Economic uncertainty will remain the norm – at least for the next several months, panelists said during the Business Record’s Economic Outlook event on Jan. 24. So what can business leaders expect? Read on to see some of the takeaways from the discussion.

Speakers included:

- Don Coffin - CEO and president, Bankers Trust Co.

- Debi Durham - Executive director, Iowa Economic Development Authority & Iowa Finance Authority.

- Eric Lohmeier - Founder and president, NCP Inc.

- Tom Rietz - Soumyo Sarkar professor of finance and departmental executive officer, University of Iowa Tippie College of Business.

- Nate Schelhaas - Senior vice president and head of life protection solutions, Principal Financial Group Inc.

Four things business owners can do to prepare for a recession

There are four things companies can do to prepare for a recession in addition to driving down expenses and building up cash reserves, Schelhaas said. One is to secure a line of credit. “You don’t know when you might need some additional capital,” he said. The second thing is to diversify your revenue in ways you maybe haven’t thought of before. Another is to strengthen and fortify key relationships. The last piece of advice Shelhaas gave on this front to business owners was to listen to employees. “What’s on their mind? What’s important to them? Sometimes there are benefits that don’t cost you a dollar,” he said, giving examples of working remotely and hosting a take-your-pet-to-work day. “When you think about going into a recession, those types of benefits can have a meaningful impact on your employees and your bottom line.” – Emily Kestel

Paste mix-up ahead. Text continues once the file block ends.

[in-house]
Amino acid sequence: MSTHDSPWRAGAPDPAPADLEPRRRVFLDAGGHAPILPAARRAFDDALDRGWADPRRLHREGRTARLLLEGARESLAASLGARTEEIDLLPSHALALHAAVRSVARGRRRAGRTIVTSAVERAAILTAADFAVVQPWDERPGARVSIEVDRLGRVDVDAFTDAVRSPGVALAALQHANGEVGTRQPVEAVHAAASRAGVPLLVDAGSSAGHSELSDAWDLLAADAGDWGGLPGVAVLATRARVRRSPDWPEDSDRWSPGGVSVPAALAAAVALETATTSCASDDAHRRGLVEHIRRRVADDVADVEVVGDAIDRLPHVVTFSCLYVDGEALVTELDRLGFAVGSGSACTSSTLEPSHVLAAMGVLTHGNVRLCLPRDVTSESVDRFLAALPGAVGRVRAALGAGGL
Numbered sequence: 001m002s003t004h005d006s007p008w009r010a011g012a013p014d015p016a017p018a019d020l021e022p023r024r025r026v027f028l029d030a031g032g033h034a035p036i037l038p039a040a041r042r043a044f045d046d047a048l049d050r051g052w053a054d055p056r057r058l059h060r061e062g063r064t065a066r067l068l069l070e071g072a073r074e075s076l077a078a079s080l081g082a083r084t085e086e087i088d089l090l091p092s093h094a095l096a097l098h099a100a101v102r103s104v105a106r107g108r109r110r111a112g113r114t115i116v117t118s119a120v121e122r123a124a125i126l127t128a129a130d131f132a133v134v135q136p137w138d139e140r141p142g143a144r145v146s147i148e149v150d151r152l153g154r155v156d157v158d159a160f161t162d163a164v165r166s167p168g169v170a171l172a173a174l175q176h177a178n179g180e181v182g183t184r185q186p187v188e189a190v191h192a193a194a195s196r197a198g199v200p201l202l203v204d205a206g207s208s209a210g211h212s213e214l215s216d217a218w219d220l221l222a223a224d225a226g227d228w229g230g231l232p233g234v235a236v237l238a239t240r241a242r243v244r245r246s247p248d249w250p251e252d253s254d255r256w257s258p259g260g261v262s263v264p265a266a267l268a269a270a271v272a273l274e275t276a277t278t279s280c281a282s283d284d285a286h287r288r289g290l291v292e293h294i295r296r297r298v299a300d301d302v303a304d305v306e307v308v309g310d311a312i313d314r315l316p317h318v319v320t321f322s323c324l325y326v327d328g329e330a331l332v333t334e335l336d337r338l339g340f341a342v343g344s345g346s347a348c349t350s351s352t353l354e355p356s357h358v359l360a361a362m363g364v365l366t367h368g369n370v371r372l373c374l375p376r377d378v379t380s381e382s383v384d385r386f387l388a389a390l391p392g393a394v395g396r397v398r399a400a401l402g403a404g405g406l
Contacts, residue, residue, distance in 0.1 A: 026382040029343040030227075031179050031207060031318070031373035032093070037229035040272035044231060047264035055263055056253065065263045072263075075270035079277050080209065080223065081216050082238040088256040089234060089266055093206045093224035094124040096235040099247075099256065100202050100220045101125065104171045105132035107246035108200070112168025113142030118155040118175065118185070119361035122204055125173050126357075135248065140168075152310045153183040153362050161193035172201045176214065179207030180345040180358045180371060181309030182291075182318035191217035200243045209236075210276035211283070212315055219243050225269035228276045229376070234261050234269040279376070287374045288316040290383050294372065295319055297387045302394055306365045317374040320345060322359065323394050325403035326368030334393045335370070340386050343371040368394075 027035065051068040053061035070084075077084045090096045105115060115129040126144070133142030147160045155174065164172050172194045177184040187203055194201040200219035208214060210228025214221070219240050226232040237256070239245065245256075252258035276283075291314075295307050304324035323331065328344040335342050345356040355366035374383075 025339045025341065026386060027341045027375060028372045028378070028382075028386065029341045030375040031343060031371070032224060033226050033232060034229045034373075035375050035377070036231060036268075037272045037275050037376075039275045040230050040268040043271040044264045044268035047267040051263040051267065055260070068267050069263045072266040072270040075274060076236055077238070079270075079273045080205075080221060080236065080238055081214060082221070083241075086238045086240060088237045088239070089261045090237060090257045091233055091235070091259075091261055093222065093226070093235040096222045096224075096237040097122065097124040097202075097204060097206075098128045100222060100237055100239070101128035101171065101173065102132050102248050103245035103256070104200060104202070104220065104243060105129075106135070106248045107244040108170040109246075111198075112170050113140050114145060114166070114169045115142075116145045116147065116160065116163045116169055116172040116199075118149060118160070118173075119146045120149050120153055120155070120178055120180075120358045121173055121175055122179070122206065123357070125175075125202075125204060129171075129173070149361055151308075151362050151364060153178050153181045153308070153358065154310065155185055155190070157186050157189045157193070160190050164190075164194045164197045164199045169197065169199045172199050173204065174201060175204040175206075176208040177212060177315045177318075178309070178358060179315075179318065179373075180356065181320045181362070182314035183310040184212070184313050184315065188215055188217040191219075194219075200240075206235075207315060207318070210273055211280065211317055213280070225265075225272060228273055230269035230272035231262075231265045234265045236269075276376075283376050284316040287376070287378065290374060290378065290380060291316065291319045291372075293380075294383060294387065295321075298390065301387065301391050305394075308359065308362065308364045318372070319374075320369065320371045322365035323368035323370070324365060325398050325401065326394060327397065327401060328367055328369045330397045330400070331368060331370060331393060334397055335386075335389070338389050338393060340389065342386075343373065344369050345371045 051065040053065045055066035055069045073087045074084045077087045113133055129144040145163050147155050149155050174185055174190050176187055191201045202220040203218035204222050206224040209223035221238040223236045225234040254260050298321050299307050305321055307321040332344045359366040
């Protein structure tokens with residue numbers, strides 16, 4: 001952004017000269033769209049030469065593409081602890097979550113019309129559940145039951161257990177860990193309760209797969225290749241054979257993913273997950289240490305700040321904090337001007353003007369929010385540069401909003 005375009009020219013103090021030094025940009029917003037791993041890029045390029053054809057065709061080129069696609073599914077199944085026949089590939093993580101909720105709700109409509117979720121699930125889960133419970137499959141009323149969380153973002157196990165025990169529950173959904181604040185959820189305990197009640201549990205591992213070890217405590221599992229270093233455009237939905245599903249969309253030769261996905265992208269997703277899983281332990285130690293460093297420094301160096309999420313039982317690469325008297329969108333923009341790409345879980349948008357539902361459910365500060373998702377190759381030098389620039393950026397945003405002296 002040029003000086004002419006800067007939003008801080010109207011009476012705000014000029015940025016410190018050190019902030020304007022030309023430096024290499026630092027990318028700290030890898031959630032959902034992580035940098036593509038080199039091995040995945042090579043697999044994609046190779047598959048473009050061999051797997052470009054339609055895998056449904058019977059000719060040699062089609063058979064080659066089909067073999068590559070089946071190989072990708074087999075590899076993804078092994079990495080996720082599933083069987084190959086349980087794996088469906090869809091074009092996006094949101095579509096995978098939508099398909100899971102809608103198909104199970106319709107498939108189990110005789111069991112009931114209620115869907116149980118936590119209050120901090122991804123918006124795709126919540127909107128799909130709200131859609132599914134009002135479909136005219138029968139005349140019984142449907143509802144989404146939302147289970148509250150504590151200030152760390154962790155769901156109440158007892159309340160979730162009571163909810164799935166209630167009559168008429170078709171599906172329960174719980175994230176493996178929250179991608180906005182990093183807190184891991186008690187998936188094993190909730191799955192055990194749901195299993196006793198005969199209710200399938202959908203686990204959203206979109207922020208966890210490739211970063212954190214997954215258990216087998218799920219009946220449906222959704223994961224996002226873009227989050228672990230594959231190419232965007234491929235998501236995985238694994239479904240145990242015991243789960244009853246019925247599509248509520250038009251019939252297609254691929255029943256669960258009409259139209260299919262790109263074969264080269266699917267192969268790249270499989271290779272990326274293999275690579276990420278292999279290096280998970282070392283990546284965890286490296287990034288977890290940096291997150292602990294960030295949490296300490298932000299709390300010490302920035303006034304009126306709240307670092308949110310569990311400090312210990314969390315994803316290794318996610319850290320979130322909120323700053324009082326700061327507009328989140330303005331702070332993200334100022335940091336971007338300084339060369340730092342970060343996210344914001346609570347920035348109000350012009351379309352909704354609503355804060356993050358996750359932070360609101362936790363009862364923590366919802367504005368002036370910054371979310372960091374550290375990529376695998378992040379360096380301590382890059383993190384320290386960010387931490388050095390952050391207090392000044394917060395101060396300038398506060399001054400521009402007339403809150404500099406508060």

Worry about keeping your own house in order, not whether or not a recession is coming

Coffin challenged people to look beyond the word “recession,” because it’s a “big word that scares people.” Instead, he encouraged people to focus on their own company and family. “There isn’t really a recession if everybody has a job,” Coffin said. “If you have a job, you don’t have a recession. You’re moving forward and growing.” He added, “Recession is a mathematical kind of statistic and not necessarily the end of the universe.” Coffin also said a recession isn’t likely to be felt in Iowa, due to its financial position. “I just feel like with the unemployment rate being low, the jobs being plentiful and people still looking to hire, that indicates to me, at least in Iowa, if we do have a recession it’s not going to last very long.”  – Emily Kestel

Despite recessionary signals, Iowa’s economy is strong

Durham said that while there are “headwinds nationally and internationally that we have no control over,” Iowa’s economy is strong and positioned well to weather the storm. “It’s diversified and we actually invested [ARPA] dollars in some strategic investments that will serve us well into the future,” she said. Durham said the state’s manufacturing sector is “extremely strong,” and there has been some easing of supply chain disruptions. Exports were up in 2022 compared with 2021, she said. Durham also said China’s easing of its zero COVID policy will serve Iowa well as it’s Iowa’s third-largest trading partner. “I believe we’re going to fare better. I think we’re in an enviable position that is going to weather the storm much better. I do believe that we’re seeing recessionary signs, but Iowa’s in a really good position.” – Michael Crumb

Iowa banking is on “really solid footing”

“Problem loans are down low across the board,” Coffin said. “Past dues are way down. I think all the banks are good from a capital standpoint, so I don’t see many issues on the banking side. I think the opportunities that present in Iowa are numerous and I think we’re still in line for a good year.” – Michael Crumb

It’s important to keep current interest rates in historical perspective

“I bought a house in 1983 in Waterloo and I assumed a loan at 14.5%," Coffin said. "Things are different, and for a little perspective here, the interest rate in the 1970s roughly started and ended at about 7.5%. In the ’80s it was anywhere from 10% to 18%. I think the high at one time was 21%. So the ’90s were 8% to 10%, and the 2000s were 6% to 8%, so it’s coming down now since 2000 so we tend to think it has to stay down. We’re not in a high rate environment today, relatively speaking. So I think it’s going to be higher than it was two years ago, rolling forward for a few years, but I think it will stabilize and gradually come down from where we are.” – Michael Crumb

The business community can be the solution